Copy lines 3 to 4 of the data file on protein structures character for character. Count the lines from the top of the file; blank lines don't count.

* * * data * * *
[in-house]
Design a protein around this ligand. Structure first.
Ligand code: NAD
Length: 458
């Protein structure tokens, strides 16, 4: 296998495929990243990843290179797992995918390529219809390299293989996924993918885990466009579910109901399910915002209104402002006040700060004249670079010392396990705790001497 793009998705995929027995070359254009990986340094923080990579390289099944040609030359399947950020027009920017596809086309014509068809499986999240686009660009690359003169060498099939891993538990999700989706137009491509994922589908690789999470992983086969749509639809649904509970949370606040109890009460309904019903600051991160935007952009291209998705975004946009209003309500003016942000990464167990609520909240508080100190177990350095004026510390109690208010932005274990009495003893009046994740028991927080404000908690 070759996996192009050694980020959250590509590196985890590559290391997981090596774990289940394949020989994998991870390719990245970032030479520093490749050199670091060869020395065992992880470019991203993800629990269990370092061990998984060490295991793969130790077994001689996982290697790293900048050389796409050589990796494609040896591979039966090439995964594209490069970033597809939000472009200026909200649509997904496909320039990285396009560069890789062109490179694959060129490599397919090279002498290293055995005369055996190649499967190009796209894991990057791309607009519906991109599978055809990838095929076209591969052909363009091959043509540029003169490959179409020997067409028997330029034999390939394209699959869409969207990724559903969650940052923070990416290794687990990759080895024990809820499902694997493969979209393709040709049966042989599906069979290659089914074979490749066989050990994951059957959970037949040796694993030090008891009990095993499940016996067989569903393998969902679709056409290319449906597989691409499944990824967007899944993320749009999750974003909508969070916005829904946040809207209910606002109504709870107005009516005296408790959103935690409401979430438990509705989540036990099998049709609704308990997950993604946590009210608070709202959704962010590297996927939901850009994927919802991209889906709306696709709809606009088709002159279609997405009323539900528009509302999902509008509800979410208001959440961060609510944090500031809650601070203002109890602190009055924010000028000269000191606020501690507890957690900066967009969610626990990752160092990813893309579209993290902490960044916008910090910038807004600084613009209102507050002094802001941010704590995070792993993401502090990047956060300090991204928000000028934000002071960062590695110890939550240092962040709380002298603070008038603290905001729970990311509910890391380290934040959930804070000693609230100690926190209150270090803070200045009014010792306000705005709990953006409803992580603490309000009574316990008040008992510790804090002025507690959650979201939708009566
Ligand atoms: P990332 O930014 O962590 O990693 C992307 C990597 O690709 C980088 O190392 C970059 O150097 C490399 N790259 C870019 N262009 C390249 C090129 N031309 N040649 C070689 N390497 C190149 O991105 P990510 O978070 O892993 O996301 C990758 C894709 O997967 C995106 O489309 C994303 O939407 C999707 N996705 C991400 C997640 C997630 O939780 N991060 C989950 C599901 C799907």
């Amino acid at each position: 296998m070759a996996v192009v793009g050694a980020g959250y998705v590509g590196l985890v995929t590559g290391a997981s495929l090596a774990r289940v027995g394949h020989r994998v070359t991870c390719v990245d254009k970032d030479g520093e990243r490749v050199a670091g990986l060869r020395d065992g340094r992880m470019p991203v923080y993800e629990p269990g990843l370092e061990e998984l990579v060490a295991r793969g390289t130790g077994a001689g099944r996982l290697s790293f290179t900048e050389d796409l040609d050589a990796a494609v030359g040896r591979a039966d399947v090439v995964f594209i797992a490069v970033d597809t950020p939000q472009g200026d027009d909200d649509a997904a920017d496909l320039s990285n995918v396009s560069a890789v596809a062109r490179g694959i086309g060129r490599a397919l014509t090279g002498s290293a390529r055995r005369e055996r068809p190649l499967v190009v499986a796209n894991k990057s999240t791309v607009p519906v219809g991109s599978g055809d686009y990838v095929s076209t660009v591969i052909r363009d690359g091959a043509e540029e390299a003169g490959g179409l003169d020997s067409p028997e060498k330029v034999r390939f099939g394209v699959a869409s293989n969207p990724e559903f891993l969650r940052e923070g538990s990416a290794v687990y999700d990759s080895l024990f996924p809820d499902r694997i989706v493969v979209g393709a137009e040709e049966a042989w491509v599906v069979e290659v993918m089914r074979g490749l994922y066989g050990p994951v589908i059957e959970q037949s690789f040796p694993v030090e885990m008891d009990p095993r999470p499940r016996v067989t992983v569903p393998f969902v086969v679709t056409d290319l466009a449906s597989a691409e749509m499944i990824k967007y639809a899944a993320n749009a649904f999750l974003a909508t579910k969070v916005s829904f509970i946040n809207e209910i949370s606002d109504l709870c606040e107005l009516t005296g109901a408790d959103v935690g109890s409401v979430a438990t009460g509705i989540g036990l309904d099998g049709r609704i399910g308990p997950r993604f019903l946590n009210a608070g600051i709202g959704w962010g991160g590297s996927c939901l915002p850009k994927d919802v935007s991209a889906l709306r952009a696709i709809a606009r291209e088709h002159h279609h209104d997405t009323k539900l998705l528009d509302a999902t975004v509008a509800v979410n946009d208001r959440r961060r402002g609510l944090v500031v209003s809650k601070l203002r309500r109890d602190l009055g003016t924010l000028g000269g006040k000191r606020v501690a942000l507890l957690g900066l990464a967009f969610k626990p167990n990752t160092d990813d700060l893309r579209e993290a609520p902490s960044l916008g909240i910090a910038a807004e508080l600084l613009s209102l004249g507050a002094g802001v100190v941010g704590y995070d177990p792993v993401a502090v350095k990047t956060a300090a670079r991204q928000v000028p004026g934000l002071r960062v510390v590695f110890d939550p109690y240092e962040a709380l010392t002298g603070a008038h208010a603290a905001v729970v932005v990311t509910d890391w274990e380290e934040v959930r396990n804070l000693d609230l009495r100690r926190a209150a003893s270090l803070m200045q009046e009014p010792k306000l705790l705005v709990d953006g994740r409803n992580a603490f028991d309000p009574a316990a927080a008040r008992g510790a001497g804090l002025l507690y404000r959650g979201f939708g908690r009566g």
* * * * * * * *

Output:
Ligand code: NAD
Length: 458